From Meknes, we travelled to Fez, only 53 km away but about a 1-½ hour train ride. It is the second largest city in Morocco, after Casablanca, with a population of 1 million.
As in Meknes, we are staying in the medina, the walled off, old part of the city. The Fez Medina has been named to the UNESCO list of World Heritage Sites. It was founded in the 9th century and is home to the oldest university in the world. The medina grew in the 12th and 13th centuries to the size that it is today. Many of the major sites – madrasas, foundouks, palaces, residences, mosques and fountains – date from this period.
The medina is where people live and work. The Fes el Bali medina has a total population of 156,000 and is believed to be the largest car-free urban area in the world. Located in this medina are coppersmiths, weavers, potters, jewelry artisans, butchers, and just about any other craftsman you can think of. There is even a tannery where the animal skins are treated in the open air and in plain view.
Walking through the medina is like going back in time as the market has changed little in the past millennium. The Fes Medina is the largest in the world with about 1,000 very narrow derbs (dead-end alleys). Exploring this honeycomb of ancient alleyways with often chaotic crowds, steep inclines, and pitted cobblestone steps is a challenging and often frustrating adventure as you try and find the sights. You never know what is in each entranceway until you go it. You might be entering a madrassa (school), a former palace, a mosque, or just a tiny room with three walls and the door to the alleyway making the fourth wall.
The alleyways are busy. People trying to get past you constantly jostle you about or you are slowed to almost a grinding halt as a large group walks in front of you with no room to pass. In addition, donkeys, as well as push carts, are everywhere, as they are used to carry goods to and from the merchants.
There are several entranceways into the medinas and at some of them are parking lots, as people who live here have cars parked outside the walls. However, judging from the amount of parking I have seen, I would suspect that most do not. In general, I would say the areas outside the medinas are not all that traffic friendly as many people walk on the roads and it appears the traffic has to make their way around the people. (Note- in the newer parts of town, traffic works normally with people on the sidewalks and cars owning the roads.) At many of the entranceways are also large open areas where people gather. It is wonderful, particularly in the evening to visit this area and see all the families sit around and socialize. It appears that this is a close-knit community; women and men sitting and chatting and children playing with each other.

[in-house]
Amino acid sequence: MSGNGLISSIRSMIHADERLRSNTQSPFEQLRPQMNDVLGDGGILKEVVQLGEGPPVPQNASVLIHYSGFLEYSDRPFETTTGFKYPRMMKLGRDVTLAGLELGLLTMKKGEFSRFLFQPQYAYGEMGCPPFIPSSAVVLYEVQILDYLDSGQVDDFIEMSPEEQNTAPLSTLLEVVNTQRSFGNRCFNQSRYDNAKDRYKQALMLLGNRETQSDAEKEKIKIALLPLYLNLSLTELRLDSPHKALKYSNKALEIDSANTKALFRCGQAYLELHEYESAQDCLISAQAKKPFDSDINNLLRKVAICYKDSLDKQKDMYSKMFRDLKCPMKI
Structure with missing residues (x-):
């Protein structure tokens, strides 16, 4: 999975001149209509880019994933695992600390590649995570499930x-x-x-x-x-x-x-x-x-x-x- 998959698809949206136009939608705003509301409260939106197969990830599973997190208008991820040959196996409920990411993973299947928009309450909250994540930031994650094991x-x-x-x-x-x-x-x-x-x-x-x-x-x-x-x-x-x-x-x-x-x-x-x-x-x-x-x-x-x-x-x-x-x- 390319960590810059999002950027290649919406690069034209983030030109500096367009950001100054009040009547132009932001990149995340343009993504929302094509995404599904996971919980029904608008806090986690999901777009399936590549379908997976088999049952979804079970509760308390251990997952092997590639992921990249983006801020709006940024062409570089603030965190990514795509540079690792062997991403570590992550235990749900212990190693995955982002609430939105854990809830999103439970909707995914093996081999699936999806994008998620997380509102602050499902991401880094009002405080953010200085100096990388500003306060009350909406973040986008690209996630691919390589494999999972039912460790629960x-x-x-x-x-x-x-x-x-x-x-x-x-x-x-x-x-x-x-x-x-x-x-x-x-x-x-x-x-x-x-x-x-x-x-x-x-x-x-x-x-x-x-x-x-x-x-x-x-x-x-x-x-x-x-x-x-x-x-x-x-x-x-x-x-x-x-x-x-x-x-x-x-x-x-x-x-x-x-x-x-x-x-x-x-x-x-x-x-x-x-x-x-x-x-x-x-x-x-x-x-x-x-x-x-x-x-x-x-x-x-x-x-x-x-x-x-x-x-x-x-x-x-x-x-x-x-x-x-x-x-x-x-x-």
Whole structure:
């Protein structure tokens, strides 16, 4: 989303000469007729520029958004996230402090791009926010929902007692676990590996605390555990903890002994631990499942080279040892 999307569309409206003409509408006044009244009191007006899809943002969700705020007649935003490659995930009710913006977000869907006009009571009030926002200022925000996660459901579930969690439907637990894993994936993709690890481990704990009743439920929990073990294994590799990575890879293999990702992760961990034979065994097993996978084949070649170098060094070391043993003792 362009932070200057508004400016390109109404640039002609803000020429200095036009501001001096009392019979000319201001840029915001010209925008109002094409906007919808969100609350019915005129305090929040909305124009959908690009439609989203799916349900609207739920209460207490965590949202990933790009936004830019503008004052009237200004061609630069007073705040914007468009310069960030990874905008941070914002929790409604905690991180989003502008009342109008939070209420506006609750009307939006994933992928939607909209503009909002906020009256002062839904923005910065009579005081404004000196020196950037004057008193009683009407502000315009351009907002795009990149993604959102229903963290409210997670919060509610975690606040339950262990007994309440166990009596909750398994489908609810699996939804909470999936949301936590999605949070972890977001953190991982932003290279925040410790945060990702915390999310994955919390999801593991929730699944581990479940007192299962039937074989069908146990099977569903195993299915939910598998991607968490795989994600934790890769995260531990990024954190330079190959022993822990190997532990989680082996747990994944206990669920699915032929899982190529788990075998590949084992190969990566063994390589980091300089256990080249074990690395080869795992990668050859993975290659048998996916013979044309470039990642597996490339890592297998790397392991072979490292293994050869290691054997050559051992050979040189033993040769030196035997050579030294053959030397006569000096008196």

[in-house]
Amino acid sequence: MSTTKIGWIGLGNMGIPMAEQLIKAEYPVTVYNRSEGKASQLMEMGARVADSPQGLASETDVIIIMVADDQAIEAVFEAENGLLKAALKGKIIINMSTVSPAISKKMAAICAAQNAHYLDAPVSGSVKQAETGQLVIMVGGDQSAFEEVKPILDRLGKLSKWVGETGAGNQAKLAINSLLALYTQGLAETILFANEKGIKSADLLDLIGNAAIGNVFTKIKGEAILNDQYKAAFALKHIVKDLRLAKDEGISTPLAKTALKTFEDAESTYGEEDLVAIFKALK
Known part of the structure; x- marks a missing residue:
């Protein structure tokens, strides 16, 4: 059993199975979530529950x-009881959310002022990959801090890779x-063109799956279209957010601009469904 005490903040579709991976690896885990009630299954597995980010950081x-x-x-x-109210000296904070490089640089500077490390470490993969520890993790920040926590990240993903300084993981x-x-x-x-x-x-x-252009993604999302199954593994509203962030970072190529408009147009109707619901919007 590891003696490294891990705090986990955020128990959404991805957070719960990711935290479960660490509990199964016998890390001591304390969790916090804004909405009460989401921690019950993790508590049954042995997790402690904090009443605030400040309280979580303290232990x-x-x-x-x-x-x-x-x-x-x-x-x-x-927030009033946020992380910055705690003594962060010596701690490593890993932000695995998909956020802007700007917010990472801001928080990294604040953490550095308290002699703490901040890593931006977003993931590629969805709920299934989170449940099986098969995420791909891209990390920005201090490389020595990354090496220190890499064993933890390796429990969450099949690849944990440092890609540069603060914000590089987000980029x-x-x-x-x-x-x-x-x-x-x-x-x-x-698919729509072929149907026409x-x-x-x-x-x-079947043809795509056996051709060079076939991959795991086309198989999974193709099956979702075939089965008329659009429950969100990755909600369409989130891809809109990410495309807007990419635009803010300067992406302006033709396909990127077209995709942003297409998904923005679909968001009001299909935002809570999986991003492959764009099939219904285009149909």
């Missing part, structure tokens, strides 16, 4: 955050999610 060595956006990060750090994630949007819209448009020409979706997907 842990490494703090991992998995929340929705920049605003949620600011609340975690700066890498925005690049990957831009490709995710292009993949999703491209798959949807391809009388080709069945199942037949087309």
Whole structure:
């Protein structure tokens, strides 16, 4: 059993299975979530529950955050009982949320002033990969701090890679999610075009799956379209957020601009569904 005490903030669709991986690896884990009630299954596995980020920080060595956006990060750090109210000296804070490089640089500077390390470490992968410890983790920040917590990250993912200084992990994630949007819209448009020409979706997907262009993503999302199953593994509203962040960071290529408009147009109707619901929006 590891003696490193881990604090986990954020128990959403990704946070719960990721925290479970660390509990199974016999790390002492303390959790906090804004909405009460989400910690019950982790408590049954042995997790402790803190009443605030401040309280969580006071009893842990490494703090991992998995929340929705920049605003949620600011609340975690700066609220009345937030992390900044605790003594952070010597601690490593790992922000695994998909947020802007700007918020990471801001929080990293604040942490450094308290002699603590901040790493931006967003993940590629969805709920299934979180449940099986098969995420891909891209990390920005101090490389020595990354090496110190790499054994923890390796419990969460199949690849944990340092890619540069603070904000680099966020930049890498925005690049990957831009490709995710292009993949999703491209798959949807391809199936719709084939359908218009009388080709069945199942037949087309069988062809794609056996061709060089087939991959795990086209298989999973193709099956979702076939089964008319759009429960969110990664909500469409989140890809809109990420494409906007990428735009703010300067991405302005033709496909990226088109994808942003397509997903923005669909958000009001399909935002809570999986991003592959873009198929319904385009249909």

Some odds and ends:
Of the sites in Fez, probably the most interesting was the Chouara Tannery. It is the largest of the three tanneries in Fez, and was built in the 11th century. Leather goods have been produced here using the exact same method for more than a thousand years. To process the hides – cow, camel, sheep and goat – skins are first placed into white vats, which contain a mixture of water, limestone, and pigeon droppings. The limestone helps to remove hair from the skins while the acid in the pigeon droppings softens the hides. Three days later the skins are removed and washed, after which they are placed in the dying pits. Dye colors are all derived from natural products: red from poppy flowers, orange from henna, blue from indigo, and yellow from saffron. Men in skimpy shorts, many with bare feet and legs, stand thigh-high in the dye solutions and agitate the hides like human washing machines. When the desired colors have been achieved the skins are pulled out of the pits, trimmed, and laid out to dry on surrounding rooftops before being moved inside for cutting and sewing.
I took a cooking class!! It was offered by a local restaurant. The classes are small with a maximum of six people, so it was a more intimate experience with more one on one time with the instructor. Sanford didn’t join me, but I was with four other people, three Canadians and one Australian, which was nice because English was the common language for us all. At the class, we decided as a group what recipes we wanted to make from a recipe booklet and chose a salad, soup, entree and dessert. We picked a beet salad, harira (a traditional bean Moroccan soup), a seasonal vegetable tagine with chicken, and macaroons. The chef took us to the market first for shopping. She bought a live (!) chicken that was killed on the spot, some vegetables and breads, and took us to other food stalls and told us about the various olives and dates and spices. From there we went to the learning kitchen and all partook in the creation of the meal. At the end we sat on the terrace and she served us the meal we just cooked. It was a great experience and lots of fun. I’m looking forward to trying out all the recipes once I’m home. Just a note about the chicken – we didn’t cook the chicken that was killed today, apparently it is too tough to eat the same day as it is killed, it was to be used for the next day’s class. We used the chicken that was bought and killed the day before.
I got a haircut from the local hairdresser. The cost was $5.50 and I suspect that was the tourist cost and not the local cost, but I’m not complaining.
We are leaving Fez tonight on an overnight bus and heading to Merzouga and the Sahara Desert.